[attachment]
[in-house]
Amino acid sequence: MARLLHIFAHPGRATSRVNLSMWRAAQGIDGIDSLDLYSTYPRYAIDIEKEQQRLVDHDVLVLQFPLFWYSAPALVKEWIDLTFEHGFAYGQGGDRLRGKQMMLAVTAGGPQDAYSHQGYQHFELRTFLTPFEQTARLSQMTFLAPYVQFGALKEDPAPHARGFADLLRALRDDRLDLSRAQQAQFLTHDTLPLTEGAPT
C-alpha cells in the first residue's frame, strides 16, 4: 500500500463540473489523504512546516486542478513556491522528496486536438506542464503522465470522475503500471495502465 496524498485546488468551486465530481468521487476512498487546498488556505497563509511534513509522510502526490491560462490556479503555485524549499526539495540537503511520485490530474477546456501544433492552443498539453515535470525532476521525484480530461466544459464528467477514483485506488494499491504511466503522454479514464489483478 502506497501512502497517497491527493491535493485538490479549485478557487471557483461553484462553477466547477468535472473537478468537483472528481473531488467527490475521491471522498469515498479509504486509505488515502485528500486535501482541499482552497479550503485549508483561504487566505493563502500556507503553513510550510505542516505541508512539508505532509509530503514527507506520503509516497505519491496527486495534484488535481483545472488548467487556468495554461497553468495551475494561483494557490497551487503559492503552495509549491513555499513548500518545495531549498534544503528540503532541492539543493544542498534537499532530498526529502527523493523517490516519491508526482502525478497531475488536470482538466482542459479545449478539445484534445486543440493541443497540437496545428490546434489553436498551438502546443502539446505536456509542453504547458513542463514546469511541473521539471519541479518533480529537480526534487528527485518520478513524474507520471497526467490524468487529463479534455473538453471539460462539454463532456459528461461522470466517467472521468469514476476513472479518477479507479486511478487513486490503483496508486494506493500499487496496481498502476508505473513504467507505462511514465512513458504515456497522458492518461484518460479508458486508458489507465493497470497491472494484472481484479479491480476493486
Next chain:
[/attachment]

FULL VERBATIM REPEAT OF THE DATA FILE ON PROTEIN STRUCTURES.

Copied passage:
[in-house]
Amino acid sequence: MARLLHIFAHPGRATSRVNLSMWRAAQGIDGIDSLDLYSTYPRYAIDIEKEQQRLVDHDVLVLQFPLFWYSAPALVKEWIDLTFEHGFAYGQGGDRLRGKQMMLAVTAGGPQDAYSHQGYQHFELRTFLTPFEQTARLSQMTFLAPYVQFGALKEDPAPHARGFADLLRALRDDRLDLSRAQQAQFLTHDTLPLTEGAPT
C-alpha cells in the first residue's frame, strides 16, 4: 500500500463540473489523504512546516486542478513556491522528496486536438506542464503522465470522475503500471495502465 496524498485546488468551486465530481468521487476512498487546498488556505497563509511534513509522510502526490491560462490556479503555485524549499526539495540537503511520485490530474477546456501544433492552443498539453515535470525532476521525484480530461466544459464528467477514483485506488494499491504511466503522454479514464489483478 502506497501512502497517497491527493491535493485538490479549485478557487471557483461553484462553477466547477468535472473537478468537483472528481473531488467527490475521491471522498469515498479509504486509505488515502485528500486535501482541499482552497479550503485549508483561504487566505493563502500556507503553513510550510505542516505541508512539508505532509509530503514527507506520503509516497505519491496527486495534484488535481483545472488548467487556468495554461497553468495551475494561483494557490497551487503559492503552495509549491513555499513548500518545495531549498534544503528540503532541492539543493544542498534537499532530498526529502527523493523517490516519491508526482502525478497531475488536470482538466482542459479545449478539445484534445486543440493541443497540437496545428490546434489553436498551438502546443502539446505536456509542453504547458513542463514546469511541473521539471519541479518533480529537480526534487528527485518520478513524474507520471497526467490524468487529463479534455473538453471539460462539454463532456459528461461522470466517467472521468469514476476513472479518477479507479486511478487513486490503483496508486494506493500499487496496481498502476508505473513504467507505462511514465512513458504515456497522458492518461484518460479508458486508458489507465493497470497491472494484472481484479479491480476493486
Next chain: